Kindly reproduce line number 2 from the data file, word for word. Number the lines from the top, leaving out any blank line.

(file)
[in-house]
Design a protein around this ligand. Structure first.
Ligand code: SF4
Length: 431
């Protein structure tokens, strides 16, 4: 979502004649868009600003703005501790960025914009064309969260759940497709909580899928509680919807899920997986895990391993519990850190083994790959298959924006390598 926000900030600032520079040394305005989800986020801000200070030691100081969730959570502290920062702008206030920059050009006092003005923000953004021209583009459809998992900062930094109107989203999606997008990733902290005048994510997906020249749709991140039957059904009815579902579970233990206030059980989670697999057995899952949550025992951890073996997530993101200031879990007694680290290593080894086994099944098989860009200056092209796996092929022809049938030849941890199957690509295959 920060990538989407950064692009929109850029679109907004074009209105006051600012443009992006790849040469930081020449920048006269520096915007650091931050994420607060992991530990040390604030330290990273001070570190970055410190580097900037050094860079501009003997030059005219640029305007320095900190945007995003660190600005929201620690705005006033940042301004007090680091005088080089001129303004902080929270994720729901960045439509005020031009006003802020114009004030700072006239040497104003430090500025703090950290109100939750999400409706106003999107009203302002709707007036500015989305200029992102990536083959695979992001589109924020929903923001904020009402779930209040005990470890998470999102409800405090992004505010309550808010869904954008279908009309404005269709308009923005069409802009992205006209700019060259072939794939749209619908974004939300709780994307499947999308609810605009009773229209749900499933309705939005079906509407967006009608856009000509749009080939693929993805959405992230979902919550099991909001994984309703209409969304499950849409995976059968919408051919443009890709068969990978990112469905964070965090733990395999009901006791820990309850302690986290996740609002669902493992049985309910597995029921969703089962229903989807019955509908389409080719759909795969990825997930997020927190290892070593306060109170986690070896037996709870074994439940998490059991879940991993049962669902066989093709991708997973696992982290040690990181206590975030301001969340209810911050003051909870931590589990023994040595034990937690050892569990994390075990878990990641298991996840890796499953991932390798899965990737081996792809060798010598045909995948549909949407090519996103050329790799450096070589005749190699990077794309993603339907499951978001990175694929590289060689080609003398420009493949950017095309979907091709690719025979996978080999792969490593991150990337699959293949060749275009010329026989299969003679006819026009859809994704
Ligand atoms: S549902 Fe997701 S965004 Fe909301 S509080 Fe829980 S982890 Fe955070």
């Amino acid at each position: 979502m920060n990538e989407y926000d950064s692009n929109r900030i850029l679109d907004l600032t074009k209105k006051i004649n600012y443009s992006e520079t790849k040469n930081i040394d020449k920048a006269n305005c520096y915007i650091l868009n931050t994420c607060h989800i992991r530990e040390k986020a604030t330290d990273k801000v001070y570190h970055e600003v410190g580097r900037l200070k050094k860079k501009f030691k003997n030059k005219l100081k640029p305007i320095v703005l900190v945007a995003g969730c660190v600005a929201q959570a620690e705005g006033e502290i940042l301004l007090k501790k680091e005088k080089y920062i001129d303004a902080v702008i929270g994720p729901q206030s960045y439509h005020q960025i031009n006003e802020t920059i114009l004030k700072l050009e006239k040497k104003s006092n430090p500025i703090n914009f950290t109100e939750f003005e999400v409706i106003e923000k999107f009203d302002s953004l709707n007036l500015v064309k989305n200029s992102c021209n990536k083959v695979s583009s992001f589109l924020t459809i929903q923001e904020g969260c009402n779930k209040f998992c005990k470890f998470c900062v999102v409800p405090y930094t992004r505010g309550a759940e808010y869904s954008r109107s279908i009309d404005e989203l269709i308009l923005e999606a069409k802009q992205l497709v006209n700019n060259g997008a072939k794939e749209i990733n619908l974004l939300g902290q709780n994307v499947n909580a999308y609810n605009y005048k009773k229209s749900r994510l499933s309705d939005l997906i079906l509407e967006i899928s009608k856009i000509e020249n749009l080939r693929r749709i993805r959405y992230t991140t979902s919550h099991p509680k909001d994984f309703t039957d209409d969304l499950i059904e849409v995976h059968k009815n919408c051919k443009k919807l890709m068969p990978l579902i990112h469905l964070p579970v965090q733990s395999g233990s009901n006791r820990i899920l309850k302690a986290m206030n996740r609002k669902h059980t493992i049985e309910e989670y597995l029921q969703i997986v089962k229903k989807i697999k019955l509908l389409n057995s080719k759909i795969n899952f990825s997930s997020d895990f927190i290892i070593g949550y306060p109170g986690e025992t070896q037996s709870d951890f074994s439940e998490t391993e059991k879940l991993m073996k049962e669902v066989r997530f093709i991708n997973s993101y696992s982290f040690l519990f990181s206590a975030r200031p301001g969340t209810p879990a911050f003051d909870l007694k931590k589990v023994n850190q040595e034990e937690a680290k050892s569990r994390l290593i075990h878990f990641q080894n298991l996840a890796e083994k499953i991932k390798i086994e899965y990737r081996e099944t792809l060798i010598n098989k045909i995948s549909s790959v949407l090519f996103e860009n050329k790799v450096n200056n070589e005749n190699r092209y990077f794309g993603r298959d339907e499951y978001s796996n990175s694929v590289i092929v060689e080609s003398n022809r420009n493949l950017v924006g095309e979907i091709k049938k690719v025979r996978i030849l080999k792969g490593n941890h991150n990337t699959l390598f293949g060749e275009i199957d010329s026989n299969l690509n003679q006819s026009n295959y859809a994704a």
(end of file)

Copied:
Design a protein around this ligand. Structure first.